RAWtools officially started in February of 2013.  Before that there were exploratory meetings.  Before that was Sandy Hook and Adam Lanza (2012), before that was Aurora and James Holmes (2012), before that was Northern Illinois University and Steven Kazmierczak (2008), before that was Virginia Tech and Seung-Hui Cho (2007), before that was the Nickel Mines Amish School House and Charles Roberts (2006), and before that was Columbine and Dylan Klebold and Eric Harris (1999).  In the midst of the “headliners” above are 10,000 gun related homicides per year throughout our country, each day the numerical equivalent of a Sandy Hook shooting.  Outside the local communities directly affected, we rarely hear their names, either victims or offenders.  And it’s important that we remember the offenders and their families as well if at least to recognize the pain in their lives and families, too.  We can learn a lot from the response of the Amish community, who forgave the shooter and embraced his family.

Deeply significant for the inspiration behind RAWtools is the biblical passage in Isaiah 2:4 which states, “He shall judge between the nations, and shall decide disputes for many peoples; and they shall beat their swords into plowshares, and their spears into pruning hooks; nation shall not lift up sword against nation, neither shall they learn war anymore (ESV).”  It’s easy to see where we get our current focus of turning guns into garden tools.  Though often overlooked in this verse is how it ends, “neither shall they learn war anymore.”  What would it look like for a community to no longer learn war?  It might very well look something like the Nickel Mines Amish community.  We hope the tools that we create out of guns points our communities toward nonviolent alternatives.

To this end we intend to track every tool we make to the weapon it was made from.  If you donate a weapon, we want you to be able to see the new story it has been given.  If you purchase a tool to help support RAWtools, we want you to post pictures and stories about how you are using it.  At The Justice Conference in Philadelphia this past February, a young father approached us and explained how he would love to use one of our tools to cultivate and care for his garden, at the same time teaching his young son about where that tool came from and how their family will take purposeful and intentional steps to be an example of nonviolence.  We hope and pray that our tools, and not gun violence, provide these teachable moments.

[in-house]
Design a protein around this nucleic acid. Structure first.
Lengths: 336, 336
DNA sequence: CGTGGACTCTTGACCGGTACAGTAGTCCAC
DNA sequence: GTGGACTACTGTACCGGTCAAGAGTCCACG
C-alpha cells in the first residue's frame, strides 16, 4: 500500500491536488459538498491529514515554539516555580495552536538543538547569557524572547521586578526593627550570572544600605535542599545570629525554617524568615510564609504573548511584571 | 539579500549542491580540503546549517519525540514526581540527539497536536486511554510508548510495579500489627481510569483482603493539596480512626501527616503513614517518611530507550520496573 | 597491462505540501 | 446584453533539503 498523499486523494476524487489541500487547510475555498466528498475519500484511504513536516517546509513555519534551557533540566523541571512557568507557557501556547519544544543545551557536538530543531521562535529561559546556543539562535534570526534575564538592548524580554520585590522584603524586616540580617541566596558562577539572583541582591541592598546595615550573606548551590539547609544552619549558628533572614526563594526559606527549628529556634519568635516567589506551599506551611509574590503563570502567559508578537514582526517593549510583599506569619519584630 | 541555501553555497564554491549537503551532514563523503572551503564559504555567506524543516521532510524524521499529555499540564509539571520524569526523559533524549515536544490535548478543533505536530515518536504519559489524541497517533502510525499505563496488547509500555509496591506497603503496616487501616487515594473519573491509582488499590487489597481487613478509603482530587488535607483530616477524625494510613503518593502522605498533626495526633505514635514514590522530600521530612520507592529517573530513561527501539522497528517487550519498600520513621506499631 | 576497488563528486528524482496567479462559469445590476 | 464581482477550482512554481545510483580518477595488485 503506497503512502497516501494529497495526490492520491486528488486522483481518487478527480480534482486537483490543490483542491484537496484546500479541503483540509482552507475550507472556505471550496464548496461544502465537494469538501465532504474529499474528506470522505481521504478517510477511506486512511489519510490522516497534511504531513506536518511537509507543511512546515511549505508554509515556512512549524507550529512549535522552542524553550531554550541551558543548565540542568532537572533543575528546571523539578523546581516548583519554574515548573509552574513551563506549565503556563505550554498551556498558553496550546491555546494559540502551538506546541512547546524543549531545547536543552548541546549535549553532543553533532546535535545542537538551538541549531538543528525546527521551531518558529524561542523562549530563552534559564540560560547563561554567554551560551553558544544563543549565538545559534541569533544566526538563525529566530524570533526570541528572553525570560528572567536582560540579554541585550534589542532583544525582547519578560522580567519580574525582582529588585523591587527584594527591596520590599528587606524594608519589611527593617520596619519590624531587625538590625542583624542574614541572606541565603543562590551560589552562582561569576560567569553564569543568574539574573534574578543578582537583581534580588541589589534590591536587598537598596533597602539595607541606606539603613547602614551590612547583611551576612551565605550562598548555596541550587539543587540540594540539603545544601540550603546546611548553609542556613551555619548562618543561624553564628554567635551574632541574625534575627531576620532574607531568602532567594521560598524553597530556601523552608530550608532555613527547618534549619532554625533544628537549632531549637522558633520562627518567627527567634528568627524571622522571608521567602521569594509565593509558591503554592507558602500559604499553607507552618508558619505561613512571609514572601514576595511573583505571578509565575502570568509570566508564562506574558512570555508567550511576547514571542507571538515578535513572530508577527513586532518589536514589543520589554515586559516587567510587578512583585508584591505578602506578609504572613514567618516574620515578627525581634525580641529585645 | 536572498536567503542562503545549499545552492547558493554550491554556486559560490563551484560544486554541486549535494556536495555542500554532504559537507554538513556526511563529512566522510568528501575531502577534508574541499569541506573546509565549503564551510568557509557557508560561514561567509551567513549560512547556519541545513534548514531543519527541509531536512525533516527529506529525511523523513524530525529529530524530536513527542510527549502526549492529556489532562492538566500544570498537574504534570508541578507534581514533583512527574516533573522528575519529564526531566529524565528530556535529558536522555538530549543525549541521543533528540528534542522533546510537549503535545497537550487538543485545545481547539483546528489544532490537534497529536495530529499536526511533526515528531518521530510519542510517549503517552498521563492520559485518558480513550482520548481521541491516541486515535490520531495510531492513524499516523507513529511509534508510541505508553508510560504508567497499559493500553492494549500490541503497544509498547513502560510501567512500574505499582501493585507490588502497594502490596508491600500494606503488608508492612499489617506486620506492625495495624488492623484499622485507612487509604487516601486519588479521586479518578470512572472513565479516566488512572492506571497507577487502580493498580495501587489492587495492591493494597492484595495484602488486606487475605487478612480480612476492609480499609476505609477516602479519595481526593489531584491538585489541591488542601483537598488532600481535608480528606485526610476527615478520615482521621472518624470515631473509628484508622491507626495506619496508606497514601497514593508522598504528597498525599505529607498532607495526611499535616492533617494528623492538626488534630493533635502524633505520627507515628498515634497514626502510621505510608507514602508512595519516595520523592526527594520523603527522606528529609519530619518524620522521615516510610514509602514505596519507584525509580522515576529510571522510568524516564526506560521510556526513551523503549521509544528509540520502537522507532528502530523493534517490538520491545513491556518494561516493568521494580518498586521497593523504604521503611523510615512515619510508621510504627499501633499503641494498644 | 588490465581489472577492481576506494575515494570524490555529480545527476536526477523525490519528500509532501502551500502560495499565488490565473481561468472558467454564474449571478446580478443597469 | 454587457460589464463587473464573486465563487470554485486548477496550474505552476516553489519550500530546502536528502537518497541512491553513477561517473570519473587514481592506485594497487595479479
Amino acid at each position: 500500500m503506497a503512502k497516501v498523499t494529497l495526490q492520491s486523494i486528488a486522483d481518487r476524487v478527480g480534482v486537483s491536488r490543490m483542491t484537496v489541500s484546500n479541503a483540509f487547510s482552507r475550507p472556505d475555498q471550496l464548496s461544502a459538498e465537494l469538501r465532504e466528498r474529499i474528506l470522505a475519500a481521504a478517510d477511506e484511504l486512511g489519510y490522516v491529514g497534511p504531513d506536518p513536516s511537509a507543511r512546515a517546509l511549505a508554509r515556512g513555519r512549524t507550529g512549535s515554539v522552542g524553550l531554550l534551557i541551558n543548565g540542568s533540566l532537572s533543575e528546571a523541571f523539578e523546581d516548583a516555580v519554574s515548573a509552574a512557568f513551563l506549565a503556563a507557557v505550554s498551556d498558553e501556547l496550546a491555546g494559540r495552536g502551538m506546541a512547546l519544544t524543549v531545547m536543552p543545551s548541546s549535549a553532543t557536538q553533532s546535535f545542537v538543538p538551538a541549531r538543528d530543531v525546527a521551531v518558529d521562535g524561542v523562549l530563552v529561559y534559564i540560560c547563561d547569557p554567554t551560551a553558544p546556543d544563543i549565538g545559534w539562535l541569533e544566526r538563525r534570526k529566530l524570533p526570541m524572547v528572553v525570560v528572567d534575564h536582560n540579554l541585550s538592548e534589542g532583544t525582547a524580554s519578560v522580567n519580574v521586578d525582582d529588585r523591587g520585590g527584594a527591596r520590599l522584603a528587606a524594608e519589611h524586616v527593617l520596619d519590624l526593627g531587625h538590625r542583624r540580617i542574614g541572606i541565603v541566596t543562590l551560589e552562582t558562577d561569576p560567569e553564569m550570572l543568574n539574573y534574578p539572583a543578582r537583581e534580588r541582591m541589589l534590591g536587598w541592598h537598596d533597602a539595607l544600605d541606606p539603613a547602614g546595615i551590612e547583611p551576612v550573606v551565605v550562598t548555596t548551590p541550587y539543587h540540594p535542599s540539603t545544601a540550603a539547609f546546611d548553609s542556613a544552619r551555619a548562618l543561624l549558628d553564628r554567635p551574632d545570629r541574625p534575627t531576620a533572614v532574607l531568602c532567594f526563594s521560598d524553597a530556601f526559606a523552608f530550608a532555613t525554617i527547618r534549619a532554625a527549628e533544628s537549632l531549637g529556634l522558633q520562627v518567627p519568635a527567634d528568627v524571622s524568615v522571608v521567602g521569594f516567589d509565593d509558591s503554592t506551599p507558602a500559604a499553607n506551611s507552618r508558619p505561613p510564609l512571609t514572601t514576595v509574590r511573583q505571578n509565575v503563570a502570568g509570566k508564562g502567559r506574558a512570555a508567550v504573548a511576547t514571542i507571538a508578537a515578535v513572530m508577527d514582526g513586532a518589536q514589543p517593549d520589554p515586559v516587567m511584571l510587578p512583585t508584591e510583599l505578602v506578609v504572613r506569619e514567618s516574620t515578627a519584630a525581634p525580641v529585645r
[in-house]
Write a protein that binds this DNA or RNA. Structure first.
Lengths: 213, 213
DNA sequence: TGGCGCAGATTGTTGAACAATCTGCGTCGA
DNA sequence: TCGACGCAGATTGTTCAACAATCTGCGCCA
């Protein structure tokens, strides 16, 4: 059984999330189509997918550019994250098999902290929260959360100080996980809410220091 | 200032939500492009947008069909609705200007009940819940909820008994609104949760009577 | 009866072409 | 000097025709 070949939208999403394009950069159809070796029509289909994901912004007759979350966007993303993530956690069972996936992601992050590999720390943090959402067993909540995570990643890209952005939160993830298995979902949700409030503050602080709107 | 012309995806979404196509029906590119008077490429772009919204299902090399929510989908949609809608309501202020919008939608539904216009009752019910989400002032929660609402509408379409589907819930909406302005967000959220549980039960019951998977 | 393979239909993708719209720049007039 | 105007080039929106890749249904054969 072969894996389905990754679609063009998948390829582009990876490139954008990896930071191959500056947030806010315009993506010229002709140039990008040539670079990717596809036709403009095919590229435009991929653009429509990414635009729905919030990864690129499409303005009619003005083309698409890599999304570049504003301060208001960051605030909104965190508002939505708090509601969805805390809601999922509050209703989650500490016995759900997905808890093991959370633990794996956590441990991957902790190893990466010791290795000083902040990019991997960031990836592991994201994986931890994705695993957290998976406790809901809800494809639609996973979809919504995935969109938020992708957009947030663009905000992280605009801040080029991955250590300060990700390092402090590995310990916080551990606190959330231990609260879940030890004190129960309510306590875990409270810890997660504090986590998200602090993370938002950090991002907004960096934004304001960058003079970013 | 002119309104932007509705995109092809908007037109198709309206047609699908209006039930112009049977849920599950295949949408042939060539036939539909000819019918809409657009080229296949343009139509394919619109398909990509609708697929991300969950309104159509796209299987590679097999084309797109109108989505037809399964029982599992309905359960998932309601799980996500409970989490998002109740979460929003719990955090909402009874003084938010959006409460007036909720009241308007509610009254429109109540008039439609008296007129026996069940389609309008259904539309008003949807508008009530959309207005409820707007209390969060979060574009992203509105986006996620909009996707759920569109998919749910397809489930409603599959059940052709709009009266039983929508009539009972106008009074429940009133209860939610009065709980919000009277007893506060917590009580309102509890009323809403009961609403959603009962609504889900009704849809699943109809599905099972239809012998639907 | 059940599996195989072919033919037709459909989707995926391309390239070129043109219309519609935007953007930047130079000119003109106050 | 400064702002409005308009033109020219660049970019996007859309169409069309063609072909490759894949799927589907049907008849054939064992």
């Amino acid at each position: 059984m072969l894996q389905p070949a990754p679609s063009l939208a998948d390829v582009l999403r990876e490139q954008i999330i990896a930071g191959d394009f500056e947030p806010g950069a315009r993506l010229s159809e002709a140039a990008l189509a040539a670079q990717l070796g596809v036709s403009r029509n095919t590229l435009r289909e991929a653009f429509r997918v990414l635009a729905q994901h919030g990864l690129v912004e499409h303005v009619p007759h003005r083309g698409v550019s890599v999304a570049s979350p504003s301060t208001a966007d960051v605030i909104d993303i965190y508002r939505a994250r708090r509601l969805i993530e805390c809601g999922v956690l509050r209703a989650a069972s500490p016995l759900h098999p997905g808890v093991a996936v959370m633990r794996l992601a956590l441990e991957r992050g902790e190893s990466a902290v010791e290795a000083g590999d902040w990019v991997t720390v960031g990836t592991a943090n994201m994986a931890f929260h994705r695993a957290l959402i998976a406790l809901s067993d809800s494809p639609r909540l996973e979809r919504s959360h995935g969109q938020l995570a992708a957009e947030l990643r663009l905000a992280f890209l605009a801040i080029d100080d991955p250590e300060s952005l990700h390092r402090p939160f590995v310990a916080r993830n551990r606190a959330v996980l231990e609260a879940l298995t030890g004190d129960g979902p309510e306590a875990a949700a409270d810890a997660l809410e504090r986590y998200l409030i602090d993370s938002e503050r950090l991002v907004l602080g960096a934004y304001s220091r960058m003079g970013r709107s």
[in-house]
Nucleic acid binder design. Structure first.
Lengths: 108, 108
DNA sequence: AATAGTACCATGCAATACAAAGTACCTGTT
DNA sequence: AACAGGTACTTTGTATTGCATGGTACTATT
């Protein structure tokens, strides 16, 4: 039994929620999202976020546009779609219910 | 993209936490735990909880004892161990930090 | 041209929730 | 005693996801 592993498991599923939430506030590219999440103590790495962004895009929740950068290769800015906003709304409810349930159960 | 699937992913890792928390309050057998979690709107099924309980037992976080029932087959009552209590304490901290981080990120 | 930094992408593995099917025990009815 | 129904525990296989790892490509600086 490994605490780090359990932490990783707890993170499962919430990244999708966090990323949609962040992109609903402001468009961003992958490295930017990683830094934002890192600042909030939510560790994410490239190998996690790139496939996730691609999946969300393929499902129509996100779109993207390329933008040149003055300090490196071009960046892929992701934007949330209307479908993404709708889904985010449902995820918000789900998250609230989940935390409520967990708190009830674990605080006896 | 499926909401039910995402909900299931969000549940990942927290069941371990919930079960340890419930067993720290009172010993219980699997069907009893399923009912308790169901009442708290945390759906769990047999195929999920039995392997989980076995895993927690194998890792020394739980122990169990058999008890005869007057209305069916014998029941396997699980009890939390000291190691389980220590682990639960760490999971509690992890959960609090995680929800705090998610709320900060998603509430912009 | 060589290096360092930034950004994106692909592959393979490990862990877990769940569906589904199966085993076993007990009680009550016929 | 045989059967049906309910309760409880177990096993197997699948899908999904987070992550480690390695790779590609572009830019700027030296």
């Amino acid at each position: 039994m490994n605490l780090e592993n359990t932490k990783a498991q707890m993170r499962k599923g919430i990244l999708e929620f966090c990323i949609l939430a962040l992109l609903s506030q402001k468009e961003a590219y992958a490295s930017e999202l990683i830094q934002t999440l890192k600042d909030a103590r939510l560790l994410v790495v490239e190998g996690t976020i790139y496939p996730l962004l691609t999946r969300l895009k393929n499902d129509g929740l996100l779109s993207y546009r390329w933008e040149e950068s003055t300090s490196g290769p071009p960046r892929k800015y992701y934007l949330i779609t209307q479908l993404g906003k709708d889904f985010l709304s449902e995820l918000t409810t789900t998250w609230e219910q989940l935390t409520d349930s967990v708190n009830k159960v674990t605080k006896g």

One aspect of genealogies found in the biblical text point to where someone came from or was born out of. Biblical writers took great pains to place characters in the context of their genealogical lineage.  In Jesus’ case, the Gospel writers also hint at where the narrative of Jesus is going.  Jesus marked a change.  Among many changes, he showed us how not to learn of war, to turn the other cheek, an example of how to reverse and subvert the realities of this world (Christ-himself from a lineage of sinners).  Part of the RAWtools mission is to create new cycles of peace.  While RAWtools was begat in a time where our news feeds are littered with gun violence, we hope our communities can instead habituate themselves to respond to tragedy in ways that are full of grace and forgiveness, creating new narratives by which our communities can thrive.

So how does this happen?  We can start with laying down our guns. We can embrace practices such as Restorative Justice (victim, offender, and community) and programs such as STAR (Strategies for Trauma Awareness and Resilience). There are many sides to gun violence (prevention to recovery). It will take a comprehensive effort to address the issue.  We need more creative and comprehensive efforts.  RAWtools is one voice in this timely and eschatological chorus for peace. The ability to make, to create, to beget, is inherent. What will we beget of our inherited gun culture? Maybe it’s a return to the garden.